When it comes to finances, we’d all like to save up enough to cover our expenses and keep our loans to a minimum, but most of us have some form of debt. The good news is that there are easy ways to save on your loans that you might not have considered, and they could save you thousands of dollars a year. #1. Pay More and Pay Often One way to save money on your debt, even if your loans already have low rates, is to make your payments bi-weekly instead of monthly. By switching a loan such as your mortgage or auto loan to be paid every other week as opposed to once a month, you’ll add an additional month’s payment toward your loan every year, saving you interest and helping you pay down your loan’s principal balance faster. Something to keep in mind is that some lenders charge fees for bi-weekly payment services or don’t offer true bi-weekly payments, meaning you may submit your payments to your lender every other week, but they only apply the payments to your loan once a month. If your lender does not offer true bi-weekly payments, or if you do not want to commit to that type of payment set-up, making additional principal-only payments is another interest-saving alternative. Every little bit of extra money you can put toward your loan’s principal will save you money in the end. #2. Think Beyond “Like for Like” When Refinancing If you have higher-rate loans, it’s always worth checking to see if you can lower your rates by refinancing. Think beyond just refinancing “like for like”— for example, moving your credit card debt from a higher-rate card to another credit card with a lower rate. Instead, determine where you have equity and use it to your advantage. Loans secured by collateral, such as vehicles and homes, typically have lower rates than unsecured loans. If you have a vehicle that’s paid off, either completely or partially, you may be able to refinance it and use that additional equity to pay off higher-rate loans. Need extra motivation to refinance? According to Bankrate.com, the average credit card rate is more than five times higher than the average rate for a 48-month auto loan! Imagine how much you could save by refinancing even $5,000 worth of credit card debt to a lower-rate auto loan. When refinancing, look out for application fees and be very diligent about paying your loans. If you default on a secured loan, you run the risk of losing your home or vehicle —whatever was used to secure the loan. #3. Know the Score We always hear that it’s important to have a good credit score, but we don’t necessarily realize how big of an impact our score has on our finances. Access your credit report for free once a year at www.AnnualCreditReport.com and become familiar with it. Most lenders base your loan rates, at least in part, on your credit score. Improving your score and maintaining it can save you thousands of dollars over the life of your loan and could provide you with better terms when refinancing. Know which factors have the largest impact on your credit score: payment history and the amount owed on your loans, especially the amount of revolving debt you have available vs. what you are currently utilizing. Make your payments on time, every time and if you have credit cards, be careful not to “max out” your cards as having more available credit helps your score. Think twice before closing any credit cards, even if you pay the balances in full and don’t plan to use them. Closing a credit card removes that card’s credit limit from the total available credit on your report and could wind up hurting your score. One concern many people have is that getting their credit report pulled — for example, when they apply for a loan — will hurt their score. These inquiries, called “hard inquiries,” typically do not have a major effect on your credit unless you already have other negative factors impacting your score. It’s best not to have an excessive amount of inquiries, but these are not going to impact your score nearly as much as your payment history and credit utilization. For more ideas on ways to save, visit www.msufcu.org/library, and contact your financial institution to find out about ways they can help you save interest and minimize your debt.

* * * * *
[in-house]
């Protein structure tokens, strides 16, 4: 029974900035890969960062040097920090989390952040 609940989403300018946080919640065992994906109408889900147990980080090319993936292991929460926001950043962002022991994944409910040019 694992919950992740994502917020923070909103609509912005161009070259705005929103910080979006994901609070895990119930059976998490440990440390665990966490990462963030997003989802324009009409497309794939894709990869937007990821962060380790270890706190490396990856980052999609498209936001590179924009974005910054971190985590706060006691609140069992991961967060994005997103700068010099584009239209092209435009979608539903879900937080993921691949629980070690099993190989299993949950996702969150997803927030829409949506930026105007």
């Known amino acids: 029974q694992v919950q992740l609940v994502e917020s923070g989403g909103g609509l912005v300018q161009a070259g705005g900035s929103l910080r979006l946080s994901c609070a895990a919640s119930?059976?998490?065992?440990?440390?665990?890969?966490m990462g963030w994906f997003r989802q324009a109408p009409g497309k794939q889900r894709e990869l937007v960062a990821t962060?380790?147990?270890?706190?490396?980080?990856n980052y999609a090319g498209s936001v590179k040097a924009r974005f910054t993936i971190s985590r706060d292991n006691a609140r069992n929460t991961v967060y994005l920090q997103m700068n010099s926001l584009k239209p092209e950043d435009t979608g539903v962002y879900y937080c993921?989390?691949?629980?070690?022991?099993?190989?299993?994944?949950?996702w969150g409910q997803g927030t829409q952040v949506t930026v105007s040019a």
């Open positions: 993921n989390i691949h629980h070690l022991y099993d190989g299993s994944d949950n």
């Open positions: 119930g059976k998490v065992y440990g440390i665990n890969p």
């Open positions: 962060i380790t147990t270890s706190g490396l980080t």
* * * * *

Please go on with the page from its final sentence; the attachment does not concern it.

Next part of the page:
Christina Minnis is the Vice President of Sales and Marketing at Michigan State University Federal Credit Union (MSUFCU), the world's largest university-based credit union, where she loves finding innovative ways to help members achieve their financial goals and dreams.